Washington lawmakers look at providing unemployment benefits to striking workers

Striking health care workers on the picket line in front of Swedish/Edmonds hospital during the three-day walkout in 2020. (File photo by Larry Vogel)

Washington may become one of a few states that allow striking workers to qualify for unemployment benefits under certain conditions.

Under House Bill 5777, workers who walk off the job will qualify for unemployment if employers lock them out of their place of employment. Lockouts are one way management can pressure a striking workforce during contract negotiations. Workers experiencing lockouts would still have to wait a week before being eligible for unemployment insurance.

The proposal follows a year of notable walkouts across the country and in Washington. There were more U.S. strikes involving a thousand workers or more in 2023 than in any year since 2013, according to the Bureau of Labor Statistics.

Over 200 people signed in to testify in support of HB 5777 during a Tuesday hearing on the legislation, said Sen. Karen Keiser, lead sponsor of the bill. Keiser is also a member of SAG-AFTRA, which pushed California lawmakers to pass similar legislation during last year’s historic Hollywood strikes — although it was vetoed by the state’s governor. 

The legislation is strongly backed by labor unions across the state: members from Starbucks Workers United, United Auto Workers, Association of Flight Attendants, AFL-CIO, Teamsters 117 and United Food and Commercial Workers were among those who testified in support. Supporters argue the bill will reduce the burden of strikes on low-wage workers.

“We should be able to exercise the right to strike without losing the roof over our heads,” said Rachel Ybarra, a member of Starbucks Workers United.

Industry groups pointed out that employers fund unemployment insurance through tax payments and worried that allowing striking workers to qualify could strain the program and businesses’ finances.

Bruce Beckett of the Washington Retail Association said the bill, as it’s designed now, could “dramatically increase the cost of benefits” in a way that impacts every Washington employer.

“Those costs are socialized,” he said.

However, Brenda Wiest, who represents Teamsters 117, said that according to the Bureau of Labor Statistics, in the last decade, only a few major labor disputes in Washington — defined by a thousand or more workers on strike — lasted more than 14 days.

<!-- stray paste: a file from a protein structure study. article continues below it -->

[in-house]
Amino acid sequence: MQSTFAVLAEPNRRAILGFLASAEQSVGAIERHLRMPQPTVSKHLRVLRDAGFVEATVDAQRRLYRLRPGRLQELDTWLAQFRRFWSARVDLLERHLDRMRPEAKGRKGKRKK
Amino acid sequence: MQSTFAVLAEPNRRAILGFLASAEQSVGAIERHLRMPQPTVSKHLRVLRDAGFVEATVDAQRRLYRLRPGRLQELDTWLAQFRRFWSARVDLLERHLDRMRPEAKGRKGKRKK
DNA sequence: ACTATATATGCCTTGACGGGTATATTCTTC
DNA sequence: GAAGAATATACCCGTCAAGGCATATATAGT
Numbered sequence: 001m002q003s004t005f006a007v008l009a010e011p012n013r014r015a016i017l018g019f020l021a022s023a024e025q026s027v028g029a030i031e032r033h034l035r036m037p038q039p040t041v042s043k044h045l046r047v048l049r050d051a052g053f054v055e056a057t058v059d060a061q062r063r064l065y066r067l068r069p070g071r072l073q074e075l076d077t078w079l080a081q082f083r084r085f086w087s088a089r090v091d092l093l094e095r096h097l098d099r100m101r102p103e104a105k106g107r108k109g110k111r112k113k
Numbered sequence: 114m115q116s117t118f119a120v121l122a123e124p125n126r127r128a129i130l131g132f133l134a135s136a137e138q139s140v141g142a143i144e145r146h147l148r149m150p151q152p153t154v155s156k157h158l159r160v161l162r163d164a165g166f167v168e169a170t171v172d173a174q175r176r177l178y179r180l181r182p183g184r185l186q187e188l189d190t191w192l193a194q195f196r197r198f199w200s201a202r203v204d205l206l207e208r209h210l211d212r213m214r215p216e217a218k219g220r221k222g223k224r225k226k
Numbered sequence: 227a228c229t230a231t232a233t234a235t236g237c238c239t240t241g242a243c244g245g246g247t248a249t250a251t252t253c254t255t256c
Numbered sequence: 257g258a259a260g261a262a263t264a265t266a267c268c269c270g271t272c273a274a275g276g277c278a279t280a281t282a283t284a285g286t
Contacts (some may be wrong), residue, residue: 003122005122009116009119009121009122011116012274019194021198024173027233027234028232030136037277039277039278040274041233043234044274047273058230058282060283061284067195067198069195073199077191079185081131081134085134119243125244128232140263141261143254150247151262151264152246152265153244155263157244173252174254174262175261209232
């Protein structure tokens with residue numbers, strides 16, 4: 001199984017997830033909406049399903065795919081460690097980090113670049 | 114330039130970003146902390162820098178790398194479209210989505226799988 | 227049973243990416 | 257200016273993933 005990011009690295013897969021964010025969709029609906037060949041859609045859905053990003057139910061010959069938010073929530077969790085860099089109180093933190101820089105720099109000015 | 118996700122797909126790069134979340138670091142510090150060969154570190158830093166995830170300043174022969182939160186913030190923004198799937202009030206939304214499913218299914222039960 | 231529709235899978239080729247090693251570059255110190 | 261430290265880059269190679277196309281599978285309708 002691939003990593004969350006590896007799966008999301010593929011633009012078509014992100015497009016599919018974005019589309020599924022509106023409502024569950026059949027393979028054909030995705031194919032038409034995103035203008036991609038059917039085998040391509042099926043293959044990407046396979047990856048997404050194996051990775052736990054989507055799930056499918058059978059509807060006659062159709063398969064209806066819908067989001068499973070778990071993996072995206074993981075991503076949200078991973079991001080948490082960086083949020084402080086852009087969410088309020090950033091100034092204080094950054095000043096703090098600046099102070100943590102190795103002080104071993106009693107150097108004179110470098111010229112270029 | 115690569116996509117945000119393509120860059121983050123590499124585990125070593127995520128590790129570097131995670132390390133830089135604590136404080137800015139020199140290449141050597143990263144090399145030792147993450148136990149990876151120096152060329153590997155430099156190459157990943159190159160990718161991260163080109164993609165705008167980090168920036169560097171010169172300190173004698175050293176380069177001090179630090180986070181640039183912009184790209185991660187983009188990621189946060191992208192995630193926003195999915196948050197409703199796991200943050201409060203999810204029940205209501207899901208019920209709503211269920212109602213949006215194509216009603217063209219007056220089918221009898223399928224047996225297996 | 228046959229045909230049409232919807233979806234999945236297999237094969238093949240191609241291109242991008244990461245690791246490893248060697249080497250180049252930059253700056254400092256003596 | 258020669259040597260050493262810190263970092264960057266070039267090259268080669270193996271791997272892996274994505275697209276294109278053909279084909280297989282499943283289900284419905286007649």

Wiest argued that the bill’s potential effect on the state’s unemployment trust fund would be “negligible.”

“The financial security that workers benefit from is far greater than the cost,” she said.

Recent walkouts have resulted in gains for union workers across the country. In southwest Washington, around 2,000 educators, including a state representative, went on strike in late August. Nationally, United Auto Workers staged a six-week campaign of coordinated strikes among over 40,000 of its nearly 150,000 members last fall, winning record pay for its members. 

New York is the only state where striking workers have qualified for unemployment since its conception, but a growing group of states are considering the labor policy. Last year, New Jersey passed similar legislation and Maine’s Department of Labor determined workers at a paper mill qualified for unemployment during a walkout, marking a first in the state’s history.

by Grace Deng, Washington State Standard

Washington State Standard is part of States Newsroom, a nonprofit news network supported by grants and a coalition of donors as a 501c(3) public charity. Washington State Standard maintains editorial independence. Contact Editor Bill Lucia for questions: info@washingtonstatestandard.com. Follow Washington State Standard on Facebook and Twitter.

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